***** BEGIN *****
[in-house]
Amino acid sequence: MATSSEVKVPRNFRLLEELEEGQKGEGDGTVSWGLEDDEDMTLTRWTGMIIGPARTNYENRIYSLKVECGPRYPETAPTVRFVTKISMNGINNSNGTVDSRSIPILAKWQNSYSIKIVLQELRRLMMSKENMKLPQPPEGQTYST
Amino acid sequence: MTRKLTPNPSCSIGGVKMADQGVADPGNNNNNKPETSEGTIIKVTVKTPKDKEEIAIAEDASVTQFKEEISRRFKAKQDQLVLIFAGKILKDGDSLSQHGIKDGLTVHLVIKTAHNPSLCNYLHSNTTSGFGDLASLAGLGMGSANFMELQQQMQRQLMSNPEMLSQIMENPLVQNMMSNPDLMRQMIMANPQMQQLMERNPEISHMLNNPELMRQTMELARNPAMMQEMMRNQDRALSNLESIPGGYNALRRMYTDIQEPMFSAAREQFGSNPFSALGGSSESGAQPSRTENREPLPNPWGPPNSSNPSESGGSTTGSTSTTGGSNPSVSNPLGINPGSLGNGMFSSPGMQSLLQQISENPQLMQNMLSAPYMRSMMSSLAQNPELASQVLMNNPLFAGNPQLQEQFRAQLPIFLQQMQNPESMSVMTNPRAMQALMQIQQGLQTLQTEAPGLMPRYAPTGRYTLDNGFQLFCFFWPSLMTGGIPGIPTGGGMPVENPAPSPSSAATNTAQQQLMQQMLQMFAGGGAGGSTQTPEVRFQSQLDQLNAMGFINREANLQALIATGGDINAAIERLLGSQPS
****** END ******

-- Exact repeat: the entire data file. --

[in-house]
Amino acid sequence: MATSSEVKVPRNFRLLEELEEGQKGEGDGTVSWGLEDDEDMTLTRWTGMIIGPARTNYENRIYSLKVECGPRYPETAPTVRFVTKISMNGINNSNGTVDSRSIPILAKWQNSYSIKIVLQELRRLMMSKENMKLPQPPEGQTYST
Amino acid sequence: MTRKLTPNPSCSIGGVKMADQGVADPGNNNNNKPETSEGTIIKVTVKTPKDKEEIAIAEDASVTQFKEEISRRFKAKQDQLVLIFAGKILKDGDSLSQHGIKDGLTVHLVIKTAHNPSLCNYLHSNTTSGFGDLASLAGLGMGSANFMELQQQMQRQLMSNPEMLSQIMENPLVQNMMSNPDLMRQMIMANPQMQQLMERNPEISHMLNNPELMRQTMELARNPAMMQEMMRNQDRALSNLESIPGGYNALRRMYTDIQEPMFSAAREQFGSNPFSALGGSSESGAQPSRTENREPLPNPWGPPNSSNPSESGGSTTGSTSTTGGSNPSVSNPLGINPGSLGNGMFSSPGMQSLLQQISENPQLMQNMLSAPYMRSMMSSLAQNPELASQVLMNNPLFAGNPQLQEQFRAQLPIFLQQMQNPESMSVMTNPRAMQALMQIQQGLQTLQTEAPGLMPRYAPTGRYTLDNGFQLFCFFWPSLMTGGIPGIPTGGGMPVENPAPSPSSAATNTAQQQLMQQMLQMFAGGGAGGSTQTPEVRFQSQLDQLNAMGFINREANLQALIATGGDINAAIERLLGSQPS